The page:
In the pursuit of creating something unprecedented, it is easy to run up against the limitations of our own perspective. Nowhere is this more apparent than in our education system. For better and for worse, each of us has our own experience of 2nd grade and of high school. So when educators set out to rethink what school can and should be, it’s only natural that they’re quickly confronted by the limitations of what they can imagine.
To break through this barrier, The Opportunity Trust has regularly brought leaders from our community to visit innovative and excellent schools and programs across the country so they can see for themselves what’s possible. These trips have proven to be a critical ingredient in expanding the imagination, conviction, and clarity of leaders who have gone on to launch powerful efforts back home.
Then COVID-19 hit. While the ability to travel to schools across the country dried up, the hunger for new strategies and ways of designing school is higher than ever. Facing this reality, The Opportunity Trust was excited to be a founding sponsor of The Inspiration Project. This collaborative effort was created by a trio of designers and coaches known nationally for their work helping to redesign schools across the country.
“In our fellowships, we’ve been advocating for educators to seize this moment as an opportunity to innovate, to incorporate new and better ways to serve children,” says Eric Scroggins. “We realized that we needed to hold ourselves to the same standard.”
The Inspiration Project has launched with a series of six virtual experiences, each centered on a theme that represents a need and opportunity for our education system: ownership, deep thinking, and relevance to name a few. Each session brings together about 30 leaders from across the country to dive into three examples of organizations and schools doing promising, provocative work aligned to that theme. They watch videos, hear from students, debrief with school leaders, and distill takeaways that might shape their own work.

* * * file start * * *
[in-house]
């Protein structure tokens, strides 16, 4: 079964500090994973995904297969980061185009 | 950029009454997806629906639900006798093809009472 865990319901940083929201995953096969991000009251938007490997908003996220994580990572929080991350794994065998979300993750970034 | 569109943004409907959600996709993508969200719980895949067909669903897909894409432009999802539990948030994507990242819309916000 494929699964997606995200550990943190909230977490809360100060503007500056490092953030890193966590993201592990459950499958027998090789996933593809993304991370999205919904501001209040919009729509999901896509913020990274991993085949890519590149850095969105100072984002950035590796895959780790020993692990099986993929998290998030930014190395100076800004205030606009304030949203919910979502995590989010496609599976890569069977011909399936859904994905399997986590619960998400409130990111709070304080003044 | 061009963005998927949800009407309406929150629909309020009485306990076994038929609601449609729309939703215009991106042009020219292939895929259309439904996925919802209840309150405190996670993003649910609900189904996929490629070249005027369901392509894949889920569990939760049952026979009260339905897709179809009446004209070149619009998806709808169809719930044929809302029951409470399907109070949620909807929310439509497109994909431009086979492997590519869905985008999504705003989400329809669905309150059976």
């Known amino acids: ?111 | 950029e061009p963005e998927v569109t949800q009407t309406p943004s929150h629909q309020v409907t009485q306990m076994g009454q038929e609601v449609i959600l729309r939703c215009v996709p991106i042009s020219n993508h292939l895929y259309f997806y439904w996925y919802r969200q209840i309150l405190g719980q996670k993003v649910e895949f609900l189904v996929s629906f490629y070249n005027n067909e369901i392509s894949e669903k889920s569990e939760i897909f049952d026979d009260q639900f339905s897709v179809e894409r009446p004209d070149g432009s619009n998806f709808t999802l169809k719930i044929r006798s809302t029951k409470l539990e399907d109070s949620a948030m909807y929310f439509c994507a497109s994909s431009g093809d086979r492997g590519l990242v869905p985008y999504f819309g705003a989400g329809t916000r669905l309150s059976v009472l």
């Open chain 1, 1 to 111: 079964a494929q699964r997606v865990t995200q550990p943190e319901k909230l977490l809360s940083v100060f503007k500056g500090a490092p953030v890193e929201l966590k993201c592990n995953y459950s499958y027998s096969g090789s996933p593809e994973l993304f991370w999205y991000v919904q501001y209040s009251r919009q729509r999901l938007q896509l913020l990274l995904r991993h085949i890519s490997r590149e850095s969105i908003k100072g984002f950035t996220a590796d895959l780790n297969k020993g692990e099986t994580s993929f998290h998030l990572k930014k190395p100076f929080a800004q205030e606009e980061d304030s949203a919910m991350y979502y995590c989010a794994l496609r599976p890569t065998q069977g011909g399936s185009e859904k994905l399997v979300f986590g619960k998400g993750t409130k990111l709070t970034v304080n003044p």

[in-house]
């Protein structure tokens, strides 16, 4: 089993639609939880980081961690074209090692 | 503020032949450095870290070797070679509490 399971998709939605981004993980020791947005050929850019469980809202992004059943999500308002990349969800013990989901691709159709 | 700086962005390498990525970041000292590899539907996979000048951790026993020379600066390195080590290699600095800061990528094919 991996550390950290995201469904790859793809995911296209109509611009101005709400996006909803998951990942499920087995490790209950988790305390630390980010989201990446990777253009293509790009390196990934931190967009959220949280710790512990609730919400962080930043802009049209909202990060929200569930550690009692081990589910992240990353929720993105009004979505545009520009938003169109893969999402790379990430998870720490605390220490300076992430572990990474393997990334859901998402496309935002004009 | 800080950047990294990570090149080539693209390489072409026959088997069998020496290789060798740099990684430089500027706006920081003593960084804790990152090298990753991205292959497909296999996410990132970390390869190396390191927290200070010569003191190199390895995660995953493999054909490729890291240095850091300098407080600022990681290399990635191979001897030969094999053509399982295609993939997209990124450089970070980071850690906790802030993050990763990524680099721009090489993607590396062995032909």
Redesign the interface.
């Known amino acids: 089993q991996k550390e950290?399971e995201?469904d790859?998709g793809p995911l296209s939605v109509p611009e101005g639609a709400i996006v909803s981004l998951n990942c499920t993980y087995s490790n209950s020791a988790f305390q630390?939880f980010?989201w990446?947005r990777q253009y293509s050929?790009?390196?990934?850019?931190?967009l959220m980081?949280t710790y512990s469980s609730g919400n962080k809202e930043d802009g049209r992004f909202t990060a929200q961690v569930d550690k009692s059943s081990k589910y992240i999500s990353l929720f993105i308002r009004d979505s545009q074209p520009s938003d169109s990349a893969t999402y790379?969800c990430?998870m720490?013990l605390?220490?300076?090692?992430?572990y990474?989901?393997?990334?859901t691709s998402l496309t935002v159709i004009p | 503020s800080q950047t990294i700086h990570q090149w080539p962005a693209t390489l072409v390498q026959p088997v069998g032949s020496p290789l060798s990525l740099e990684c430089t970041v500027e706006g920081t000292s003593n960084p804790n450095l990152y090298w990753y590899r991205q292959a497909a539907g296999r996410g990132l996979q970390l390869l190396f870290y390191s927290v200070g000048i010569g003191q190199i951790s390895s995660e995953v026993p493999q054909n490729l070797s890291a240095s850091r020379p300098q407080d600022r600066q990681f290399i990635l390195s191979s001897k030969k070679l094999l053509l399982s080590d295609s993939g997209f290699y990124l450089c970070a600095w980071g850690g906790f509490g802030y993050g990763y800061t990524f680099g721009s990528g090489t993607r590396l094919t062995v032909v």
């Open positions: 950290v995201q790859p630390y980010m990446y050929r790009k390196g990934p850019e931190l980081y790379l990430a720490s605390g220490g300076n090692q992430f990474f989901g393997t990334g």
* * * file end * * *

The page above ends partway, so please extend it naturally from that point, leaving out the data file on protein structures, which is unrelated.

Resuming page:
The series launched on November 12th, with a focus on Belonging. After unpacking moments of belonging (or absence of belonging) in their own lives, participants explored the work of three organizations taking different, yet equally impressive approaches to nurturing belonging. They heard high school student leaders from St. Benedict’s Preparatory School talk about the intense, but life-changing, 50-mile hike they did as a freshman class as a means of forging personal perseverance and ability to rely on the group. They pulled lessons from Joy as Resistance’s creation of safe spaces for LGBT students in Colorado and contemplated what it means to “belong to yourself.” They also dug into a new component of Citizens of the World’s middle school model, one that focuses on deep exploration of identity as a driver for creating powerful community in intentionally diverse contexts.
The sum of these explorations left the group with insights to inform their own practice and increased optimism and energy for the work they do with young people. Kirsten Tidwell, a current Catalyst Fellow and the Curriculum and Instructional Coach at Lift for Life Academy, found the three-hour session transportive. “It was incredibly powerful to hear from innovative schools who are explicitly and intentionally tackling the idea of belonging,” shares Tidwell. “It has inspired me to think about how my school can create intentional opportunities for students to do deep internal and interpersonal work within a safe space.”
As our educators are faced with the profound need to rethink the way they serve students, we are excited to bring the power of The Inspiration Project to educators from St. Louis and to continue our commitment to providing exposure and mind-expanding experiences to those trying to break from the status quo.